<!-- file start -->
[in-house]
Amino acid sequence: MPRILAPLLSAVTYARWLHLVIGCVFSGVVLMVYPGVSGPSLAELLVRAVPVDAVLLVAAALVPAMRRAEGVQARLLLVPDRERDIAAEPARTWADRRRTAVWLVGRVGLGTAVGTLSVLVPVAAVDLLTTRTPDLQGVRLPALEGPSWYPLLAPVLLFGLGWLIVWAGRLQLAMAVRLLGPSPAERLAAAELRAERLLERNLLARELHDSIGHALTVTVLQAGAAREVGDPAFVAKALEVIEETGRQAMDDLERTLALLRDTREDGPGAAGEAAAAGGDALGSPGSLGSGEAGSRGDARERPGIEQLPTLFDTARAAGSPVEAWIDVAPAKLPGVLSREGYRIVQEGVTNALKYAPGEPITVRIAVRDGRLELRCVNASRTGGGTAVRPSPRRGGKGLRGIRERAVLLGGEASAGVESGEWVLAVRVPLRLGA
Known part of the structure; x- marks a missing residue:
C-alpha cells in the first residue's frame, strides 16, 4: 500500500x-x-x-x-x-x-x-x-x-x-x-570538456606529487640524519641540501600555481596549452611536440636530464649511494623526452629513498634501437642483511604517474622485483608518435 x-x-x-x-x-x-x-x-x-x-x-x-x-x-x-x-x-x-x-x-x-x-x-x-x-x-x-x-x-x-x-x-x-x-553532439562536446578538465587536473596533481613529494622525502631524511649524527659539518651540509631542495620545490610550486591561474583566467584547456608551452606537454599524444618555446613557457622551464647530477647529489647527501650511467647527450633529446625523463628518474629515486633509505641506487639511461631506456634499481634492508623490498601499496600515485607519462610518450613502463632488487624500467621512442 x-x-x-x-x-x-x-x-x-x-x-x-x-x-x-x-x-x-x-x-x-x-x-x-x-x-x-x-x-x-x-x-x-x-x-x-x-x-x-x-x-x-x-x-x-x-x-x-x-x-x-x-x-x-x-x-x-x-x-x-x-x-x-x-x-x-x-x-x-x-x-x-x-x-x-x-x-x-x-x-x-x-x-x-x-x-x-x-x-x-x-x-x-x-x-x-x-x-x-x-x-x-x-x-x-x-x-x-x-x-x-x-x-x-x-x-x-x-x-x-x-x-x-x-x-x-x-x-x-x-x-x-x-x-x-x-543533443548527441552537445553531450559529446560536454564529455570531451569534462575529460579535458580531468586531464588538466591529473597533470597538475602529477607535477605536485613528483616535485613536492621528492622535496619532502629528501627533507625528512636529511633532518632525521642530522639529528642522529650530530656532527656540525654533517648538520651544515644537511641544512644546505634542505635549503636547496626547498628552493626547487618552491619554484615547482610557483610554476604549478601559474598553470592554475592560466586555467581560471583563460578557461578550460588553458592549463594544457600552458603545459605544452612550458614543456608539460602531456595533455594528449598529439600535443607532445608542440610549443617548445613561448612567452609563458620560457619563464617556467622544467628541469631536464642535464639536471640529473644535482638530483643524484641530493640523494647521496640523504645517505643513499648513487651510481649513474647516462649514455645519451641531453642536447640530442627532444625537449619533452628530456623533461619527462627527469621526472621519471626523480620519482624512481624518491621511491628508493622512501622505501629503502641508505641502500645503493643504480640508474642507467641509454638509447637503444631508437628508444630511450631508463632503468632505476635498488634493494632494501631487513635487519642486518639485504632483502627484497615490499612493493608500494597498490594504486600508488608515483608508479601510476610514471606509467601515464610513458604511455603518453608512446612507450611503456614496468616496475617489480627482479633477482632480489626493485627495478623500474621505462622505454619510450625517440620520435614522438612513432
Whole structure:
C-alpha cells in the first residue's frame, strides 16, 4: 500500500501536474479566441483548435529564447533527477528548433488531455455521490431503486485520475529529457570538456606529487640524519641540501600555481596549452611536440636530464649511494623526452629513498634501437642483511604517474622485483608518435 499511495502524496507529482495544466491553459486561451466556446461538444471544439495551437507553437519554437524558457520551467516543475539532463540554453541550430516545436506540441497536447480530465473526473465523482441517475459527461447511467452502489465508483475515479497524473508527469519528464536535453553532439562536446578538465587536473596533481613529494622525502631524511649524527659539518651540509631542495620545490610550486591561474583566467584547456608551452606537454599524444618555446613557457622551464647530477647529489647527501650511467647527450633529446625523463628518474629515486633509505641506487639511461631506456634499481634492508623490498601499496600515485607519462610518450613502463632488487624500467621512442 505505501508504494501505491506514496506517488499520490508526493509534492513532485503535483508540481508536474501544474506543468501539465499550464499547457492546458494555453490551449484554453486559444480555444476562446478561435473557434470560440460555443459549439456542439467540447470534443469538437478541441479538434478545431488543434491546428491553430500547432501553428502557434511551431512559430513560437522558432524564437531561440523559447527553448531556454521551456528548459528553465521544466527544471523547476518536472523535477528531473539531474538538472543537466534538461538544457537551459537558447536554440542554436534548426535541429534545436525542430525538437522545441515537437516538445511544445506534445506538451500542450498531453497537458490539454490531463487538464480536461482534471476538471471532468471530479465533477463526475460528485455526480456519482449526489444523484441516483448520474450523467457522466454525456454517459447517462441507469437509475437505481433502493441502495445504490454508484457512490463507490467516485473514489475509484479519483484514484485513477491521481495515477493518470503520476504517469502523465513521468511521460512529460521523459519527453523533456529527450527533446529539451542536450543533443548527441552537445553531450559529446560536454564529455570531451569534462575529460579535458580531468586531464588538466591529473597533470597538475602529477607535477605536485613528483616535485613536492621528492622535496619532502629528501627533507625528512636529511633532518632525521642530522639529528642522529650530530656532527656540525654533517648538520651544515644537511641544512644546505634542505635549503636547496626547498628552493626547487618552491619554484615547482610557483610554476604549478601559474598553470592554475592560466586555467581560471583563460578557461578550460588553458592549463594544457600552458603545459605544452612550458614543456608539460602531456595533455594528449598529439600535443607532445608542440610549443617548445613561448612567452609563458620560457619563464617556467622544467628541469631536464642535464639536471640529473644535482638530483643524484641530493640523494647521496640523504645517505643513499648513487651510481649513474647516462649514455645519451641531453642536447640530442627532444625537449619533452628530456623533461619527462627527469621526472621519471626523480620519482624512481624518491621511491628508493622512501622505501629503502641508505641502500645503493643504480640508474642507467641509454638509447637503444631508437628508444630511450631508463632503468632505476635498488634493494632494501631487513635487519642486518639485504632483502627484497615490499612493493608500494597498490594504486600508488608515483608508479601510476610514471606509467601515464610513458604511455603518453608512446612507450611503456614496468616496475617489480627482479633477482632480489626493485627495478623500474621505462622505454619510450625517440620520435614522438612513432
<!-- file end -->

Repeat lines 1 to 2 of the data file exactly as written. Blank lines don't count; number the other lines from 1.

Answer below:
[in-house]
Amino acid sequence: MPRILAPLLSAVTYARWLHLVIGCVFSGVVLMVYPGVSGPSLAELLVRAVPVDAVLLVAAALVPAMRRAEGVQARLLLVPDRERDIAAEPARTWADRRRTAVWLVGRVGLGTAVGTLSVLVPVAAVDLLTTRTPDLQGVRLPALEGPSWYPLLAPVLLFGLGWLIVWAGRLQLAMAVRLLGPSPAERLAAAELRAERLLERNLLARELHDSIGHALTVTVLQAGAAREVGDPAFVAKALEVIEETGRQAMDDLERTLALLRDTREDGPGAAGEAAAAGGDALGSPGSLGSGEAGSRGDARERPGIEQLPTLFDTARAAGSPVEAWIDVAPAKLPGVLSREGYRIVQEGVTNALKYAPGEPITVRIAVRDGRLELRCVNASRTGGGTAVRPSPRRGGKGLRGIRERAVLLGGEASAGVESGEWVLAVRVPLRLGA